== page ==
If you are fighting cancer and would like to pursue a regimen of vitamins and herbal supplements alongside your clinical treatment, always talk to your doctor first in the interest of avoiding any unforeseen drug interactions or adverse effects. And if you wish to pursue a new course of treatment altogether, always do so under the supervision of a licensed medical doctor. If you are overwhelmed, frustrated, or don’t know where to turn, a medical referral service – like OncoLogic Advisors – can help you find a new doctor or tailor a new treatment plan to your needs.


While we have seen some promising research involving resveratrol products and other grape-based compounds, a great deal of study and investigation is still required before they are accepted as an effective strategy for fighting cancer. Herbal supplements and healthy eating alone are NOT a substitute for chemo, surgery, or other established, FDA-approved cancer therapies.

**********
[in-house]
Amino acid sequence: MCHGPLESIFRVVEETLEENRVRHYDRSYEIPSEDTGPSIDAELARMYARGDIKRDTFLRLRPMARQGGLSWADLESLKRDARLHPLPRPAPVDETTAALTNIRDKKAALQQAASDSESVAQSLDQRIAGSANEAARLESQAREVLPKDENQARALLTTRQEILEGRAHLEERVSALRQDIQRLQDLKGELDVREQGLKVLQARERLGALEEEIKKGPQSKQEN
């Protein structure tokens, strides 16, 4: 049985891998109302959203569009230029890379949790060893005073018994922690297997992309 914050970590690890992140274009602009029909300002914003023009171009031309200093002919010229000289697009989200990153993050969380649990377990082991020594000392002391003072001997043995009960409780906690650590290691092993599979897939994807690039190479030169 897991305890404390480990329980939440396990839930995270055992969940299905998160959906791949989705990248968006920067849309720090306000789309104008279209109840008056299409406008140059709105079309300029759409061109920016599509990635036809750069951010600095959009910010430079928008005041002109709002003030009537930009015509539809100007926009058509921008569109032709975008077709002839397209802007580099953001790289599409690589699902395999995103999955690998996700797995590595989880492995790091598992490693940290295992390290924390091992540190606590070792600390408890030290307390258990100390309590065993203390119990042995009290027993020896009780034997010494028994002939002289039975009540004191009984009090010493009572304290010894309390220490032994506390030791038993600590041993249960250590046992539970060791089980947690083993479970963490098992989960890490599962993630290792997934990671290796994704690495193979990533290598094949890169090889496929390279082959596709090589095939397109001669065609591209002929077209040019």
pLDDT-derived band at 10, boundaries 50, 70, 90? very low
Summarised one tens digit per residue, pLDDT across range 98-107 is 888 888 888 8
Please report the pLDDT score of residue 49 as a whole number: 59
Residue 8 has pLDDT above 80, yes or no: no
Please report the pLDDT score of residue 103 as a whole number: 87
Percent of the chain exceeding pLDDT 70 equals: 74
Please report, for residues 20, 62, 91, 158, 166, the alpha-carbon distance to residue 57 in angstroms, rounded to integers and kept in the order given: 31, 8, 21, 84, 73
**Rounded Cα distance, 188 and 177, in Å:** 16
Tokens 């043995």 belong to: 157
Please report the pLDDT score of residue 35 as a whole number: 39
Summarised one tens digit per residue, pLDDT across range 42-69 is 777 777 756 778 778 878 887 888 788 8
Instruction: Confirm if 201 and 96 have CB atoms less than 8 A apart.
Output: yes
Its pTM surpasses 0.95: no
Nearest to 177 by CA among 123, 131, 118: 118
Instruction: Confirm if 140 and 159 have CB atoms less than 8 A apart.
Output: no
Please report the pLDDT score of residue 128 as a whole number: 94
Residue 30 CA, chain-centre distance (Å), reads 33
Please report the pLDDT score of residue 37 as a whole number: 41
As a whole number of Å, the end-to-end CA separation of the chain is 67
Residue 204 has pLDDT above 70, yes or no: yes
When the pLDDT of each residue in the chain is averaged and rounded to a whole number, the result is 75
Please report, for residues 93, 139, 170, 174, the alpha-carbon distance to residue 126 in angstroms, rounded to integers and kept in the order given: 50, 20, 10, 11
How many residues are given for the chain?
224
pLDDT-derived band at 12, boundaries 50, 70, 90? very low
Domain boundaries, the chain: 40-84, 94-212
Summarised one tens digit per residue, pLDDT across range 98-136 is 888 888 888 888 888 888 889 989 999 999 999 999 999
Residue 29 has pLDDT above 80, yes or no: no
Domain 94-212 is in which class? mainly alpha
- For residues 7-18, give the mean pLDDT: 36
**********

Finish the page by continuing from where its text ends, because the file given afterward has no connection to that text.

And always remember, if you’re looking for a second opinion, help is out there. You don’t have to resort to untested alternative medicine to discover an alternate approach to cancer treatment.


MedPage Today – Red Wine Study Hints at Breast Cancer Benefit. Michael Smith. 6 January 2012.

BMC Complementary and Alternative Medicine – Grape compounds suppress colon cancer stem cells in vitro and in a rodent model of colon carcinogenesis. Lavanya Reddivari, Venkata Charepalli, Sridhar Radhakrishnan, Ramakrishna Vadde, Ryan J. Elias, Joshua D. Lambert and Jairam K. P. Vanamala. 9 August 2016.

Memorial Sloan Kettering Cancer Center – Resveratrol. Last Updated: 16 December 2016

STAT – Celebrity selfies, lax regulations drive booming supplement industry. Megan Thielking. 16 November, 2016.